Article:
By TODD RICHMOND
MADISON, Wis. (AP) — The state Department of Natural Resources’ board approved putting about 3,180 acres up for sale Wednesday, bringing the agency into compliance with a legislative mandate to sell 10,000 acres by next summer that sparked pushback from conservationists and hunters.
Republican lawmakers concerned with the rising costs of the DNR’s land stewardship program included provisions in the 2013-15 state budget that directed the agency to sell the acreage by mid-2017 and use the money to pay down stewardship debt. Republicans have long criticized the program, saying it removes land from tax rolls and closes off too much acreage to hunting.
Larry Bonde, chairman of the Conservation Congress, a group of sportsmen that advises the DNR on policy, told the board that the mandate hurts outdoor recreation but acknowledged there was little his group or the board could do.
“Unfortunately, you have to do it,” Bonde said. “The reality is our hands are tied and we need to move forward.”
DNR Secretary Cathy Stepp, who was appointed by Republican Gov. Scott Walker, stressed that the land sales amounted to only a sliver of DNR land. The agency currently owns 1.5 million acres statewide and has easements on another 300,267 acres.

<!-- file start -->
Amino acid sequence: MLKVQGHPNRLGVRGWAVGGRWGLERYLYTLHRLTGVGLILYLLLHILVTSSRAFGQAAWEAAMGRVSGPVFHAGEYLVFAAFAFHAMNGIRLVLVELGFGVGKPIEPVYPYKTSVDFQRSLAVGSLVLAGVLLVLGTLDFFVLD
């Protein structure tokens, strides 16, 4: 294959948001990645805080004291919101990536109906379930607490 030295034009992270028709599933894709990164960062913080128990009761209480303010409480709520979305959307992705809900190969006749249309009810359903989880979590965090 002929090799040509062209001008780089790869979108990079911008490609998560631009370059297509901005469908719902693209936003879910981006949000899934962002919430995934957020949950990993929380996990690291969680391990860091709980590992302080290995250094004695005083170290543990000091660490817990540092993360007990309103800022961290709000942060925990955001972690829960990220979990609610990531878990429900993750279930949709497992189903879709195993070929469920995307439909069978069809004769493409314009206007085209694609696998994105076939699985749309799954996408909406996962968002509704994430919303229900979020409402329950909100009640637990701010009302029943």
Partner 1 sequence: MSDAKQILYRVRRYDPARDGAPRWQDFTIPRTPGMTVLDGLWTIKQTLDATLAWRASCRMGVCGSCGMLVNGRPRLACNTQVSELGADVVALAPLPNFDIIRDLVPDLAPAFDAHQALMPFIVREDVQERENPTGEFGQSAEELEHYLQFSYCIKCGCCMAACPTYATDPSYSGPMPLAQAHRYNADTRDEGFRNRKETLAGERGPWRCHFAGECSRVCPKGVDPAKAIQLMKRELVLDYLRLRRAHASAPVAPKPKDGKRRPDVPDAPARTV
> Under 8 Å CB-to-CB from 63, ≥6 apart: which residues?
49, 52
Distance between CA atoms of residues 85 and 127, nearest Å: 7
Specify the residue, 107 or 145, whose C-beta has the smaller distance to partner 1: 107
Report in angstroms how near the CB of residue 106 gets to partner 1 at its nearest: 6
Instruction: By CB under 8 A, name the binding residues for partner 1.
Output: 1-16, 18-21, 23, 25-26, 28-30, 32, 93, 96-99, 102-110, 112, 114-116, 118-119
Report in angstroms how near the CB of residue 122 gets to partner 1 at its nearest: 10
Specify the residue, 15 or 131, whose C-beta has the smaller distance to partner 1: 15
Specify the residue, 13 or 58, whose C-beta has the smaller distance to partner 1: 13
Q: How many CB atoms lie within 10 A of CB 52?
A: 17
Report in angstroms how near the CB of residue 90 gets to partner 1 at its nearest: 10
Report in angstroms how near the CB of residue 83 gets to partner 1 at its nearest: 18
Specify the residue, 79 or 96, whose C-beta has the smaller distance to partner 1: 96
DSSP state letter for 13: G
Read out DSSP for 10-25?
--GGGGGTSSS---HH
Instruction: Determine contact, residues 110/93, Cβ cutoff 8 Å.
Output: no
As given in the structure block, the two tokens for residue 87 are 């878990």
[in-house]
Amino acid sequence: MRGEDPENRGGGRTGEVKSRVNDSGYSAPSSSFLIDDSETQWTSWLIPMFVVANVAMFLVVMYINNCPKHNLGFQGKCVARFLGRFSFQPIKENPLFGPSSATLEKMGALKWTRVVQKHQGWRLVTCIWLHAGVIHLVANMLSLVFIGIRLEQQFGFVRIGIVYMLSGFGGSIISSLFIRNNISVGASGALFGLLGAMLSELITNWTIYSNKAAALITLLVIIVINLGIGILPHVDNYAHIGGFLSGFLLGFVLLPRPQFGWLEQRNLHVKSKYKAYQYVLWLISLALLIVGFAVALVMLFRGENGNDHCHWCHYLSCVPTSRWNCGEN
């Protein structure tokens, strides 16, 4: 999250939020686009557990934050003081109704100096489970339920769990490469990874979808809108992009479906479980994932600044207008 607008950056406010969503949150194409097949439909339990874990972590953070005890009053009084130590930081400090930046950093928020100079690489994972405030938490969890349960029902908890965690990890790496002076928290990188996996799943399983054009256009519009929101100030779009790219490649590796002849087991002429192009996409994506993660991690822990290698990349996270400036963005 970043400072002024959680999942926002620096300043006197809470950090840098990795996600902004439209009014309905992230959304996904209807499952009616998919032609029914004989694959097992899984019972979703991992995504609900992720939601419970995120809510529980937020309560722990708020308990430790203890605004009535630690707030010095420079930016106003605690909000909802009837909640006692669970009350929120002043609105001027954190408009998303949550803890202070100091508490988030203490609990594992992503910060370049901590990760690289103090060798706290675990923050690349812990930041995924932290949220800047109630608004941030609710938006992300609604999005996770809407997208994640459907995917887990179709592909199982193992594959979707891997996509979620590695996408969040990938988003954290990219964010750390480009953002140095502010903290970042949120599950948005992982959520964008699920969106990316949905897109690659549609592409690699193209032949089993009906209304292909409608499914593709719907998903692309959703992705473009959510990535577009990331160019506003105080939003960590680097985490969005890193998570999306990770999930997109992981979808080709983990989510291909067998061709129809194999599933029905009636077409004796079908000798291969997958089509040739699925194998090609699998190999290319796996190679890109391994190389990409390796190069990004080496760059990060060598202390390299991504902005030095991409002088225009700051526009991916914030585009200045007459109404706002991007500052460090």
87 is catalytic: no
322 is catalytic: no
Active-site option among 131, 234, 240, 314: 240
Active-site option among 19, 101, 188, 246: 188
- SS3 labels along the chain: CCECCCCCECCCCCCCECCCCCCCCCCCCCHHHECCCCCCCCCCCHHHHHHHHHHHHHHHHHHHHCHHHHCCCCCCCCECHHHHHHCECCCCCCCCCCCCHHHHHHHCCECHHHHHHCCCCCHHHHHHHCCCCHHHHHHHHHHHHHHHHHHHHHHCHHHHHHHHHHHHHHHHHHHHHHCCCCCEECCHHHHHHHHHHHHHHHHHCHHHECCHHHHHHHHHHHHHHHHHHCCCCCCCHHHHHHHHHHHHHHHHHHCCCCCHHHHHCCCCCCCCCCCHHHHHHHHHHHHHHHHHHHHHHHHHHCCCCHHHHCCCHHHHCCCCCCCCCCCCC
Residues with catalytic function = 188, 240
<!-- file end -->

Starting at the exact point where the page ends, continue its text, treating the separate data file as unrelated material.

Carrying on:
The DNR’s board has put about 7,000 acres on the block since 2014 to comply with the budget mandate. Thus far, the agency has closed or has pending contracts to sell 900 acres for $1.1 million, DNR Facilities and Lands Director Terry Bay told the board.
The last phase of the DNR’s compliance plan called for offering a final 3,560 acres to local governments, adjacent landowners and the public through an online auction. But the board unanimously agreed to scale back that total acreage to about 3,180 on Wednesday after pulling several parcels off the list.
Six of those parcels totaled about 373 acres in northern and southeastern Wisconsin that the Wisconsin Wildlife Federation said were prime areas for hunters and anglers. Another 85 acres in Waukesha County were spared after dairy farmer John Koepke, whose property abuts the land, told the board he worried that a potential buyer could build mansions on the land and use his property as a driveway.
The board has now put up about 10,225 acres, more than enough to meet the budget mandate.
Board Chairman Terry Hilgenberg praised DNR staff for diligently working to identify expendable parcels, calling it a “horrendous” project.
Board member Fred Prehn said he worried that the sales may prompt people not to donate land to the state in the future. Wisconsin Wildlife Federation Executive Director George Meyer submitted a letter to the board ahead of Wednesday’s vote saying the group didn’t oppose the 10,000-acre sale because most of the parcels weren’t useable for conservation or recreation. The letter promised, however, that the federation would oppose any future legislative attempts to sell more acreage.